ME/CFS often starts after or during an infection. It is believed that many patients have a genetic predisposition to this. Some have postulated that there is a generation of B lymphocytes that are cloned and prone to autoreactivity. Others believe that there is a T-cell-mediated mechanism. ME/CFS is considered by many a neuromuscular disease with postexertional malaise. The incidence between females and males is 2:1. by our experience it’s higher. An interesting theory that chronic fatigue syndrome may be based on autonomic dysfunction, or neurally mediated hypotension was supported by a study involving a tilt test.
In one study, 23 patients with ME/CFS had tilt tests and 22 had an abnormal test compared to 4/14 unmatched controls. This small pilot study showed that Florinef, which is a mineralocorticoid that retains salt water and atenolol, which is a beta-blocker and disopyramide, which has anticholinergic mechanisms improve patients. A larger study of 600 patients with CFS, showed that 77% had abnormal tilt, not quite as high as the small pilot study.
We have used various HRV testing modalities which also show dynamic stand abnormalities. We have found that a tilt test, which reproduces many symptoms and may show autonomic system abnormalities is neither a sensitive or specific test in general for detection in many autonomic abnormalities. We have used office-based heart rate variability tests sometimes with limited tilts of five minutes, instead of prolonged tilts of 40 minutes to better assess abnormalities in the autonomic system. Also, testing sweat gland function with sudomotor testing can determine if there are abnormalities in small fibers which are the transmitting autonomic nerves.
Perhaps the common pathway with ME/CFS involves inflammation and oxidative stress. Studies have shown that there is a shared inflammatory and oxidative and nitrosative pathway. What happens is there is oxidative damage to DNA molecules, and this can cause damage to subcellular particles such as mitochondria. Oxidative damage is also a risk factor for atherosclerosis and neurodegeneration and therefore this may explain increased cardiovascular morbidity and mortality, which can potentially occur with chronic fatigue syndrome, as all of these processes involve oxidative damage to DNA. Studies measuring urinary excretion of (8-hydroxy deoxyguanosine (8-OHdG) have shown that individuals with ME/CFS have much higher levels in the urine than controls. Basically, any viral or bacterial infection can precipitate a cascade of oxidative damage and lead to ME/CFS. Epstein-Barr virus originally postulated as one of the culprits has been found not to be uniquely associated with this disease entity. While mononucleosis can cause prolonged significant fatigue status post an episode, many times this resolves in patients and many patients develop ME/CFS without having a mononucleosis-like syndrome preceding.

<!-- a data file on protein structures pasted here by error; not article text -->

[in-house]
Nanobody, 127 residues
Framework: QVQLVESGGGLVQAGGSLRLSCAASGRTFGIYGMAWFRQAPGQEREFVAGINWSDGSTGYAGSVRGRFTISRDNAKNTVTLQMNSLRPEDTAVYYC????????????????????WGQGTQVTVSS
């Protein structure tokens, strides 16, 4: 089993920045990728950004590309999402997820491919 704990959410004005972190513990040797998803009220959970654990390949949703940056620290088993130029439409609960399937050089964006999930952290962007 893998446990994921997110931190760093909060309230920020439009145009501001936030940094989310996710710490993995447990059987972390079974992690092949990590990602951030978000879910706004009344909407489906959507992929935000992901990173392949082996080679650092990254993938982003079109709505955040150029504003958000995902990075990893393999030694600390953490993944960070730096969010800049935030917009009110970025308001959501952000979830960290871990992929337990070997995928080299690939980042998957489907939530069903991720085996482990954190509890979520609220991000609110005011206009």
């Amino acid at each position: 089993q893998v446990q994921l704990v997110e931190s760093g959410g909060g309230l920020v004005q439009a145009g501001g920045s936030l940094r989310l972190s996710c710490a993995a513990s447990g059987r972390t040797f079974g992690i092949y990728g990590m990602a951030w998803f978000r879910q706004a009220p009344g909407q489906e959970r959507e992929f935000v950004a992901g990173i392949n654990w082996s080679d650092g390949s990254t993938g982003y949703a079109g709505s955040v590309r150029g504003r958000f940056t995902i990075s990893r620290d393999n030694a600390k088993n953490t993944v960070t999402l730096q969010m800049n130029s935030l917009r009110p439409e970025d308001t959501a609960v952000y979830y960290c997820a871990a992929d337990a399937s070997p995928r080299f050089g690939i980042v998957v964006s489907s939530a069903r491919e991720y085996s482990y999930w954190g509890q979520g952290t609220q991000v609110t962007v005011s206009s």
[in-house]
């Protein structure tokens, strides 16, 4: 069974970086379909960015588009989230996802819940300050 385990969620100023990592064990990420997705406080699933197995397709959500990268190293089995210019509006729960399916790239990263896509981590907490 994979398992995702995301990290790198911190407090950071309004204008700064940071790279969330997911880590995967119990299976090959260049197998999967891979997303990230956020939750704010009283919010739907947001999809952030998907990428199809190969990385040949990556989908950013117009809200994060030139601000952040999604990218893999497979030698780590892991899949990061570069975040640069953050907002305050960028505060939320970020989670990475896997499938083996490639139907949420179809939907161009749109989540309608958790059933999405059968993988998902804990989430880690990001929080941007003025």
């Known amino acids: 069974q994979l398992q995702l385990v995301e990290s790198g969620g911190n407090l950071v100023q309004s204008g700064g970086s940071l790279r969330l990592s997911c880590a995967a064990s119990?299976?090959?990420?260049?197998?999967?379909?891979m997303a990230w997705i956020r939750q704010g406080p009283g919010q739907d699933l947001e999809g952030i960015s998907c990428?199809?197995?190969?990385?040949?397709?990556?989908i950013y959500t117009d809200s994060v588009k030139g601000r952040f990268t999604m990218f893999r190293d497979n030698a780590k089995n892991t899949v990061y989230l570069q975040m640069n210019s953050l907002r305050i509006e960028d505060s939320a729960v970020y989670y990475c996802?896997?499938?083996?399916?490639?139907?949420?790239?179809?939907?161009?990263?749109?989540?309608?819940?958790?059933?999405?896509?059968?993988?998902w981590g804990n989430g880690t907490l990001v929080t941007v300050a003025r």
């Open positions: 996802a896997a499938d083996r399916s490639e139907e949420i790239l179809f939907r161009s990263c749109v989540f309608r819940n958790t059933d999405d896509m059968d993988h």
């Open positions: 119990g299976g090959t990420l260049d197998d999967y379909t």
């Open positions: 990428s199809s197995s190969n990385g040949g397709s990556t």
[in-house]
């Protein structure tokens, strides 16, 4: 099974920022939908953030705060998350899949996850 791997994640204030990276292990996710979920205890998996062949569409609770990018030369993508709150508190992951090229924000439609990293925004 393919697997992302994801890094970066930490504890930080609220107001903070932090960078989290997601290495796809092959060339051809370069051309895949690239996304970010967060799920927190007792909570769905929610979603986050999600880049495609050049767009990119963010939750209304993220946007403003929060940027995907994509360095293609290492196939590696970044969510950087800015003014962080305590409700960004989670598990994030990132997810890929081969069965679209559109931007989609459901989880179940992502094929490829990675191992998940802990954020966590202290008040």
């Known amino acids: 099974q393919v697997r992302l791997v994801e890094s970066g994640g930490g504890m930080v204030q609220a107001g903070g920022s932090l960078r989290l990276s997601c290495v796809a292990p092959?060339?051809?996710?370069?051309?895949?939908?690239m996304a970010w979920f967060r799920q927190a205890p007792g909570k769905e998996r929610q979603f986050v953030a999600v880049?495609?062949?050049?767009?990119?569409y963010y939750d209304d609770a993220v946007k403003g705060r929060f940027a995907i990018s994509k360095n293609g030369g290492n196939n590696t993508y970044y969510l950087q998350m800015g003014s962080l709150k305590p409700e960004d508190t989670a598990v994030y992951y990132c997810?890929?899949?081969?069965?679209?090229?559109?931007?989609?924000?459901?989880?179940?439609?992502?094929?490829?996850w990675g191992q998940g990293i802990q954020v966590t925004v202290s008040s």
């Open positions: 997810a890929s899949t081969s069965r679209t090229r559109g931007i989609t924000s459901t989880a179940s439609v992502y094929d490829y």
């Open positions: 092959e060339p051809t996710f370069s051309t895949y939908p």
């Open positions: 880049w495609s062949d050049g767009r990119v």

Plasma coenzyme Q10 levels have also been found to be lower in patients with ME/CFS as they are also lower in treatment of resistant depression. There is overlap between resistant depression and chronic fatigue syndrome in many respects including lower levels of coenzyme Q10 and oxidative stress pathways, which have been identified.